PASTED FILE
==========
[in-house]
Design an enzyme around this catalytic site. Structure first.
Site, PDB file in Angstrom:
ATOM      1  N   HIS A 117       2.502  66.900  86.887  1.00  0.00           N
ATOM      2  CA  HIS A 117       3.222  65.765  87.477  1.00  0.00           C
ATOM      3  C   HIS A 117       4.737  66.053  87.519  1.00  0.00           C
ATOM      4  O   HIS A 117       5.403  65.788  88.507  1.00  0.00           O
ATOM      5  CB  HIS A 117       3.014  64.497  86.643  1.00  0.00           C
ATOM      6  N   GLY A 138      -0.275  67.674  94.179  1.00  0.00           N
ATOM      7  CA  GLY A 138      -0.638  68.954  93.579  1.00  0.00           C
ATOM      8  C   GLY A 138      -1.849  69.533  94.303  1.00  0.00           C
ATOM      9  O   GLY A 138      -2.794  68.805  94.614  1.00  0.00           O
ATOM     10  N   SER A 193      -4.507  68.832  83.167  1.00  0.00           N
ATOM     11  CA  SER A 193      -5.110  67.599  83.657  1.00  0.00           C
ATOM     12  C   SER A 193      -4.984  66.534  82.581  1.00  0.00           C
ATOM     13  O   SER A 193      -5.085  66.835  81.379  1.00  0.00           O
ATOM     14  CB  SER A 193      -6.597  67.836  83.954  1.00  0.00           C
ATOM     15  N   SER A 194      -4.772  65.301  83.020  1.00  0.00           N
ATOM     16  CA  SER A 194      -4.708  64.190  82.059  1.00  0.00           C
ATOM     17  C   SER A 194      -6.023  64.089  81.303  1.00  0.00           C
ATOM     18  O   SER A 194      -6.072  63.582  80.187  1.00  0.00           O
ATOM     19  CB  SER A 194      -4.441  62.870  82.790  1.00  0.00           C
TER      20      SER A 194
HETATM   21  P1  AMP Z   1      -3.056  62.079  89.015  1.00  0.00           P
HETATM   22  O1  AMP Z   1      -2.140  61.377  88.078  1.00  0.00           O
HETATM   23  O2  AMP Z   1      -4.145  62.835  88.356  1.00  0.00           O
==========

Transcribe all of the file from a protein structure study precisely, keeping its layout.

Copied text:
[in-house]
Design an enzyme around this catalytic site. Structure first.
Site, PDB file in Angstrom:
ATOM      1  N   HIS A 117       2.502  66.900  86.887  1.00  0.00           N
ATOM      2  CA  HIS A 117       3.222  65.765  87.477  1.00  0.00           C
ATOM      3  C   HIS A 117       4.737  66.053  87.519  1.00  0.00           C
ATOM      4  O   HIS A 117       5.403  65.788  88.507  1.00  0.00           O
ATOM      5  CB  HIS A 117       3.014  64.497  86.643  1.00  0.00           C
ATOM      6  N   GLY A 138      -0.275  67.674  94.179  1.00  0.00           N
ATOM      7  CA  GLY A 138      -0.638  68.954  93.579  1.00  0.00           C
ATOM      8  C   GLY A 138      -1.849  69.533  94.303  1.00  0.00           C
ATOM      9  O   GLY A 138      -2.794  68.805  94.614  1.00  0.00           O
ATOM     10  N   SER A 193      -4.507  68.832  83.167  1.00  0.00           N
ATOM     11  CA  SER A 193      -5.110  67.599  83.657  1.00  0.00           C
ATOM     12  C   SER A 193      -4.984  66.534  82.581  1.00  0.00           C
ATOM     13  O   SER A 193      -5.085  66.835  81.379  1.00  0.00           O
ATOM     14  CB  SER A 193      -6.597  67.836  83.954  1.00  0.00           C
ATOM     15  N   SER A 194      -4.772  65.301  83.020  1.00  0.00           N
ATOM     16  CA  SER A 194      -4.708  64.190  82.059  1.00  0.00           C
ATOM     17  C   SER A 194      -6.023  64.089  81.303  1.00  0.00           C
ATOM     18  O   SER A 194      -6.072  63.582  80.187  1.00  0.00           O
ATOM     19  CB  SER A 194      -4.441  62.870  82.790  1.00  0.00           C
TER      20      SER A 194
HETATM   21  P1  AMP Z   1      -3.056  62.079  89.015  1.00  0.00           P
HETATM   22  O1  AMP Z   1      -2.140  61.377  88.078  1.00  0.00           O
HETATM   23  O2  AMP Z   1      -4.145  62.835  88.356  1.00  0.00           O